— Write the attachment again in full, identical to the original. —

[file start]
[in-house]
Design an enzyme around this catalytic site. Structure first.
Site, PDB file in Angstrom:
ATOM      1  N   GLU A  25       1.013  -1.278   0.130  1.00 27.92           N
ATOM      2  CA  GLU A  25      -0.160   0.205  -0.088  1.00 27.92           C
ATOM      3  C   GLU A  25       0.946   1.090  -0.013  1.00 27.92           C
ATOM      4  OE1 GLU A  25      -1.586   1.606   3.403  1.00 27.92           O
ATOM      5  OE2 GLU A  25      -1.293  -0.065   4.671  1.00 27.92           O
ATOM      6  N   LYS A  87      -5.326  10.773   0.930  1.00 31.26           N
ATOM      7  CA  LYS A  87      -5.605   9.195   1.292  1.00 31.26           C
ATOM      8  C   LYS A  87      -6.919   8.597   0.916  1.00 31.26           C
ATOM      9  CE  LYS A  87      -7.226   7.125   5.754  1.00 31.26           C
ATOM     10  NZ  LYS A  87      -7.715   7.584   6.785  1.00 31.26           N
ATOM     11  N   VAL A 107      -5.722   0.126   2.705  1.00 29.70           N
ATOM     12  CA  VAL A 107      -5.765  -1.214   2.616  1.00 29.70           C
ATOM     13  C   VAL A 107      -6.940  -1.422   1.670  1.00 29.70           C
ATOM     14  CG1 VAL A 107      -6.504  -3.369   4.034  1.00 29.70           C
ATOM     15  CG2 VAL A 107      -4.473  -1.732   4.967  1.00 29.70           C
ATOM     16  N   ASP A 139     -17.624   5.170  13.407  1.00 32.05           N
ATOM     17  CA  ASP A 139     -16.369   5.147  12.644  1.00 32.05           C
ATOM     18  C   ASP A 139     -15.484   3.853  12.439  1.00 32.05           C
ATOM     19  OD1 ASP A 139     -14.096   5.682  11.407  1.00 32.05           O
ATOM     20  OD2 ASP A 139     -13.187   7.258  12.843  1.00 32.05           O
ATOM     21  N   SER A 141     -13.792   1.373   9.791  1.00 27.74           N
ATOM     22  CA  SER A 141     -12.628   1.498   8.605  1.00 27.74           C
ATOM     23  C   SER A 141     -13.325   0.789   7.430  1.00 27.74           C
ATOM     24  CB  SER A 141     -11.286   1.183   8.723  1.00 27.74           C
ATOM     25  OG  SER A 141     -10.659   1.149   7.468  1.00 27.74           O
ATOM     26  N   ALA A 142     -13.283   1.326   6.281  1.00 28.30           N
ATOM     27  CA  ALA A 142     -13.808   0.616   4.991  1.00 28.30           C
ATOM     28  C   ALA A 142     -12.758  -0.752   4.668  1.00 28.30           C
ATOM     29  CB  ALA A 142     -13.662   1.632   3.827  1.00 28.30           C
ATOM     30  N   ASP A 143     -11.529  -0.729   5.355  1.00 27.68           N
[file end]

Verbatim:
[in-house]
Design an enzyme around this catalytic site. Structure first.
Site, PDB file in Angstrom:
ATOM      1  N   GLU A  25       1.013  -1.278   0.130  1.00 27.92           N
ATOM      2  CA  GLU A  25      -0.160   0.205  -0.088  1.00 27.92           C
ATOM      3  C   GLU A  25       0.946   1.090  -0.013  1.00 27.92           C
ATOM      4  OE1 GLU A  25      -1.586   1.606   3.403  1.00 27.92           O
ATOM      5  OE2 GLU A  25      -1.293  -0.065   4.671  1.00 27.92           O
ATOM      6  N   LYS A  87      -5.326  10.773   0.930  1.00 31.26           N
ATOM      7  CA  LYS A  87      -5.605   9.195   1.292  1.00 31.26           C
ATOM      8  C   LYS A  87      -6.919   8.597   0.916  1.00 31.26           C
ATOM      9  CE  LYS A  87      -7.226   7.125   5.754  1.00 31.26           C
ATOM     10  NZ  LYS A  87      -7.715   7.584   6.785  1.00 31.26           N
ATOM     11  N   VAL A 107      -5.722   0.126   2.705  1.00 29.70           N
ATOM     12  CA  VAL A 107      -5.765  -1.214   2.616  1.00 29.70           C
ATOM     13  C   VAL A 107      -6.940  -1.422   1.670  1.00 29.70           C
ATOM     14  CG1 VAL A 107      -6.504  -3.369   4.034  1.00 29.70           C
ATOM     15  CG2 VAL A 107      -4.473  -1.732   4.967  1.00 29.70           C
ATOM     16  N   ASP A 139     -17.624   5.170  13.407  1.00 32.05           N
ATOM     17  CA  ASP A 139     -16.369   5.147  12.644  1.00 32.05           C
ATOM     18  C   ASP A 139     -15.484   3.853  12.439  1.00 32.05           C
ATOM     19  OD1 ASP A 139     -14.096   5.682  11.407  1.00 32.05           O
ATOM     20  OD2 ASP A 139     -13.187   7.258  12.843  1.00 32.05           O
ATOM     21  N   SER A 141     -13.792   1.373   9.791  1.00 27.74           N
ATOM     22  CA  SER A 141     -12.628   1.498   8.605  1.00 27.74           C
ATOM     23  C   SER A 141     -13.325   0.789   7.430  1.00 27.74           C
ATOM     24  CB  SER A 141     -11.286   1.183   8.723  1.00 27.74           C
ATOM     25  OG  SER A 141     -10.659   1.149   7.468  1.00 27.74           O
ATOM     26  N   ALA A 142     -13.283   1.326   6.281  1.00 28.30           N
ATOM     27  CA  ALA A 142     -13.808   0.616   4.991  1.00 28.30           C
ATOM     28  C   ALA A 142     -12.758  -0.752   4.668  1.00 28.30           C
ATOM     29  CB  ALA A 142     -13.662   1.632   3.827  1.00 28.30           C
ATOM     30  N   ASP A 143     -11.529  -0.729   5.355  1.00 27.68           N